Pick my brain
Why this website?
4:00 pm | March 25, 2012

Author: Mayank | Category: | Comments: 6

Can I have some memories please?Why am I putting my brain on display? What’s so special about it?

Short answer: It can make new memories, but can’t recall the past 26 years.

Long answer: I am a technology writer and a published author, recovering from hydrocephalus caused due to tuberculous meningitis. Memory loss is a common side effect of this neurological condition, but my neurologist is however concerned with the extent of my memory loss.

Not only do I not remember the events leading up to or during the time at the hospital, what’s really puzzling my neurologist is my lack of any autobiographical and episodic memory — I don’t remember spending *any* time with my family or growing up with my brother, nor my friends or the time I spent at school, or writing the books and hundreds of articles.

Chronologically, I am 29 years old, but the first memories I have are only a couple of years old.

In the course of my treatment (January 2010 onwards) I’ve had about a dozen MRI and CT scans. I’ve put them all up on the site, along with the radiologist’s reports and other details about my health and recovery.

In case my condition would be of any use to your memory-related neurological research, feel free to use them as you wish. You can also email me if you need additional details, or if you have some pointers about my memory loss and would like to talk to my neurologist.


Mayank Sharma (geekybodhi@gmail.com)


  • Hello Mayank: Frankly, I was awestruck to know your perseverance to regain your identity. Once again I have started wondering about the delicate mechanics and balances of the physical mind which can alter everything. Yes, past is what you are today- but, only in a general sense. It is your response to the events and the stimulus you had during such past events that makes you what you are today. Your present personality and traits are the sum total of these responses. I am curious to know if it is the memory of chronological events or your responses to such events that you are trying to pick up. I guess they are two different things. Reflecting on chronological memory, personality and identity might give you some clue. I would like to know more about you. Let me know if I would like to share your inner thoughts. I am a senior broadcaster and writer. Warm wishes…ILYAS AHMED

    12:39 pm | August 24, 2012
    • I’d say that in the beginning I was interested in the past chronological events probably because I was looking to find familiarity with my surroundings and those around me. Later on, as I became more aware of myself as an individual I wanted to understand what made me, me. The focus then shifted to my reactions to situations and the decisions I had made earlier in life.

      But the important bit is to be aware of the thin line between “learning from the past” and “living in the past”. My objective is the former. I am only interested in the past, so that I can make an informed decision about my present. I want to use the past as a platform to move ahead, rather than start from scratch.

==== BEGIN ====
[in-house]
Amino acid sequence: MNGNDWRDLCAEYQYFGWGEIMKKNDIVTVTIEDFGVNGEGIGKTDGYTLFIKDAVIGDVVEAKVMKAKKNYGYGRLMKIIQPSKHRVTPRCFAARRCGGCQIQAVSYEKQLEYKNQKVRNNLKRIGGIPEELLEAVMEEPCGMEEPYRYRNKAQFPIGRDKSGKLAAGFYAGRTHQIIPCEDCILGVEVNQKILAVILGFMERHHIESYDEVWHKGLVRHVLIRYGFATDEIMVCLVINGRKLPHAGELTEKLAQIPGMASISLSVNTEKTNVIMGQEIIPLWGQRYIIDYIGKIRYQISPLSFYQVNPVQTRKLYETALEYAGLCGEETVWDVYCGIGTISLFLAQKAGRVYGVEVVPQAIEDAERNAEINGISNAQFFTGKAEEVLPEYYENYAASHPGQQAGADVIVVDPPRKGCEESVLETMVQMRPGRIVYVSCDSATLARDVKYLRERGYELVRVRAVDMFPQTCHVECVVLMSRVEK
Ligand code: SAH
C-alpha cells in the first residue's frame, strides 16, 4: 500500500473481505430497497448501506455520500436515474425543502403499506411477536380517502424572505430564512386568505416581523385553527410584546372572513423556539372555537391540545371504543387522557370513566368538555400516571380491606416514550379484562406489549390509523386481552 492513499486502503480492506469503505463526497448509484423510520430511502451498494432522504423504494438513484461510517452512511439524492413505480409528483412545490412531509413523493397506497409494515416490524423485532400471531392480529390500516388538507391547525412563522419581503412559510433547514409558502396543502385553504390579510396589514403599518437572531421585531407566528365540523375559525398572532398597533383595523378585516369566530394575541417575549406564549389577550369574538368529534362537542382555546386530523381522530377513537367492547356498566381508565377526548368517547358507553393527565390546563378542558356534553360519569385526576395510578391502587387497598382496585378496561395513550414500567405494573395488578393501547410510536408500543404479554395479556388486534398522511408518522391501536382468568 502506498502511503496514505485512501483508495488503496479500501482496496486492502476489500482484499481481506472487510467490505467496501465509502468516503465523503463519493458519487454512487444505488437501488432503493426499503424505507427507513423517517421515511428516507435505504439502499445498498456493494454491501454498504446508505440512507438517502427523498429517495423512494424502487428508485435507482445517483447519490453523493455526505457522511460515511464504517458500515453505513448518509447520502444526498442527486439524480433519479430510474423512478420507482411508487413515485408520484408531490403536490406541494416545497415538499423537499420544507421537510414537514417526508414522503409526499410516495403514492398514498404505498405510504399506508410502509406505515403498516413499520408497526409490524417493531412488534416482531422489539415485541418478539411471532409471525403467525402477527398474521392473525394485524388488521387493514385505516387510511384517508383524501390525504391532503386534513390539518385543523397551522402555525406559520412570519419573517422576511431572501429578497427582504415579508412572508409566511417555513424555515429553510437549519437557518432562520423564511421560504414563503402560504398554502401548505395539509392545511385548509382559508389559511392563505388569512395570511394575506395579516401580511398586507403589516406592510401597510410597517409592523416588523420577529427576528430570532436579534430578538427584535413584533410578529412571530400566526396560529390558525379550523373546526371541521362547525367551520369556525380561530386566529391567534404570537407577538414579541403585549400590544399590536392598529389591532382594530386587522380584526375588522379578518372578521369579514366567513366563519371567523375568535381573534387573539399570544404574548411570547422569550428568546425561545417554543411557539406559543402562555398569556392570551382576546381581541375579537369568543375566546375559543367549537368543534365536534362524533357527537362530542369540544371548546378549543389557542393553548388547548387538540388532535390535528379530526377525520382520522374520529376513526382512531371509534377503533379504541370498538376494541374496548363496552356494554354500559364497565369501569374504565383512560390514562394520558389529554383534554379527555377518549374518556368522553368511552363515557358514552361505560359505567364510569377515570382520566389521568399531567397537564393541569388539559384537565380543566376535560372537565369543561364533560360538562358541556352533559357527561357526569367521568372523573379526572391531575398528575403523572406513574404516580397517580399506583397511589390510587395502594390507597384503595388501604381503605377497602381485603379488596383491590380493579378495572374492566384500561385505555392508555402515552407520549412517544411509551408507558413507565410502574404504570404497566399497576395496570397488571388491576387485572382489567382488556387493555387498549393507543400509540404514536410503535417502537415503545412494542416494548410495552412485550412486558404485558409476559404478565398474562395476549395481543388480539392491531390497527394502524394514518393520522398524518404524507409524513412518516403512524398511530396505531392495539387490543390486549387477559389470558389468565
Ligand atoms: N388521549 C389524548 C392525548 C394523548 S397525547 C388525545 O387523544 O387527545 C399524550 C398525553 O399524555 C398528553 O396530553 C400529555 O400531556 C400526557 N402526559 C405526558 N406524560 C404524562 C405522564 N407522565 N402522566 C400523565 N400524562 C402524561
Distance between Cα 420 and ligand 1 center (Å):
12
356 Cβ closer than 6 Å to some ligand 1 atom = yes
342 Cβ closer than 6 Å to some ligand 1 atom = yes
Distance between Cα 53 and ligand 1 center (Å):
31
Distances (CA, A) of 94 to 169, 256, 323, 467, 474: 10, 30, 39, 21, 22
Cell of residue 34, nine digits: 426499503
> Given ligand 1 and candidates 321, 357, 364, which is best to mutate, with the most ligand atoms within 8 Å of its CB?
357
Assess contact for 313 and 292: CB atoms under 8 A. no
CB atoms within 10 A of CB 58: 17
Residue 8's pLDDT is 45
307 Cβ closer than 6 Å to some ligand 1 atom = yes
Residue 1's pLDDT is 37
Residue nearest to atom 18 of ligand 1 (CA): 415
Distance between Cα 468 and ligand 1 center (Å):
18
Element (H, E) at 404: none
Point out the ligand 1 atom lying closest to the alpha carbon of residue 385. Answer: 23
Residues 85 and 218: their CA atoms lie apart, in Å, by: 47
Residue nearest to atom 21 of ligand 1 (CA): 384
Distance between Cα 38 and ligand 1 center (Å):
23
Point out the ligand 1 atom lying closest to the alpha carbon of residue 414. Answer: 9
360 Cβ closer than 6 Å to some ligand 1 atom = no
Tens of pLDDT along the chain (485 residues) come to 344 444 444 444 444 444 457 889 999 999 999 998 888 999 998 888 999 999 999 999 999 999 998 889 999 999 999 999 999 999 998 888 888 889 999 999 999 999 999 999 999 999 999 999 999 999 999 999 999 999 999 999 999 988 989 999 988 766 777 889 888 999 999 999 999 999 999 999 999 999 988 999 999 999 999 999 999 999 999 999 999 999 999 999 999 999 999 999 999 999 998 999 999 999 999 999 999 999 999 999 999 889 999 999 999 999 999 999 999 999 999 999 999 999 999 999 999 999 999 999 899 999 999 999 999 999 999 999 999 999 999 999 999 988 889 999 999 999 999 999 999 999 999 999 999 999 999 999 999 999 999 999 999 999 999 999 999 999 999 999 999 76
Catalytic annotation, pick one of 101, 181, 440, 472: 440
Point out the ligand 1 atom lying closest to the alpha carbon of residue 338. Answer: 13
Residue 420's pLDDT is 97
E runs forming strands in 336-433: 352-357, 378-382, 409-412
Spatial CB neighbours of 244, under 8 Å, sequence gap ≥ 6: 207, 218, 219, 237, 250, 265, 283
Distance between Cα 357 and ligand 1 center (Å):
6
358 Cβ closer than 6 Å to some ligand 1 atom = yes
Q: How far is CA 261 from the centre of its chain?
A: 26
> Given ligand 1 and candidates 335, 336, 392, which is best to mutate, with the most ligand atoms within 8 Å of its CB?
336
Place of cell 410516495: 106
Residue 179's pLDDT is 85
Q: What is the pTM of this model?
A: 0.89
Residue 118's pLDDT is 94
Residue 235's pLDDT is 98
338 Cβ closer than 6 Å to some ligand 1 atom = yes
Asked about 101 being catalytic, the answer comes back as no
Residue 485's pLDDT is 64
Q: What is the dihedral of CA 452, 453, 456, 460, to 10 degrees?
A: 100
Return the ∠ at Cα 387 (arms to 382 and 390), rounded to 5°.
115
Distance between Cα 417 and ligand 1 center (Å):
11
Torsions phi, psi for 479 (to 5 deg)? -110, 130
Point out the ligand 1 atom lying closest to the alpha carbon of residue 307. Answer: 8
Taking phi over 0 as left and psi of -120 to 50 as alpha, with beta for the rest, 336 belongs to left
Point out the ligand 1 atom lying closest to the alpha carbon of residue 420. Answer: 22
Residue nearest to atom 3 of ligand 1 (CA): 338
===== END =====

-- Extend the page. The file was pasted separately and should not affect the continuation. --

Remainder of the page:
4:25 pm | August 29, 2012
  • Hi! Mayank, great to re-connect with you after your reboot. This would be a great opportunity for you to delve into meditation. You’d love it. Discover and explore here: http://www.oshonisarga.com


    7:52 pm | September 8, 2012
    • Thanks for the pointer Niyam.

      8:00 pm | September 8, 2012
  • Evelyn

    Hi Mayank,
    I stumbled upon your video and really felt connected to your story and the reconstruction of your memories.

    You know i had a car accident back in January and lost many memories from my past life, I can totally understand how lost one can feel, and the sense of floating in a parallel dimension between the past that you may never get back, and the future that looks so damn uncertain….

    A while ago, I saw this picture on Fb with a phrase that made think quite a lot, it said “collect memories not things”

    I suddenly realized that, while my previous experiences made me who I was, I had been given a chance fro a do over, a could re-design a new me, with new personality traits, new dreams. I could dictate new terms.

    Suddenly I felt even excited that I had been liberated from all those childhood traumas most people complain about, you know, like being embarrassed by your mum kissing you in front of your friends, or peeing your pants in primary school .

    While the accident had taken away my memories, it had also taken away my emotional baggage and had given me something precious back: my sense of wonder, the chance to see the world with brand new eyes.

    I am now ready to start collecting memories and I wish you the very best on your journey

    11:27 am | November 7, 2012
  • ian franklin

    Hi: Im just in the process of recovering in Chiang Mai from TB/meningitis. Fortunately we caught it early and I have my memory and everything else. But when I was struck down with this I was (and am) an incredibly fit 66 year old racing cyclist covering some 600km per week. It has left me very depressed and wondering how this could have happened. Best wishes to you. It seems so hard for you.

    8:19 am | October 27, 2014
  • Leave a Reply

    Your email address will not be published. Required fields are marked *

    You may use these HTML tags and attributes: <a href="" title=""> <abbr title=""> <acronym title=""> <b> <blockquote cite=""> <cite> <code> <del datetime=""> <em> <i> <q cite=""> <strike> <strong>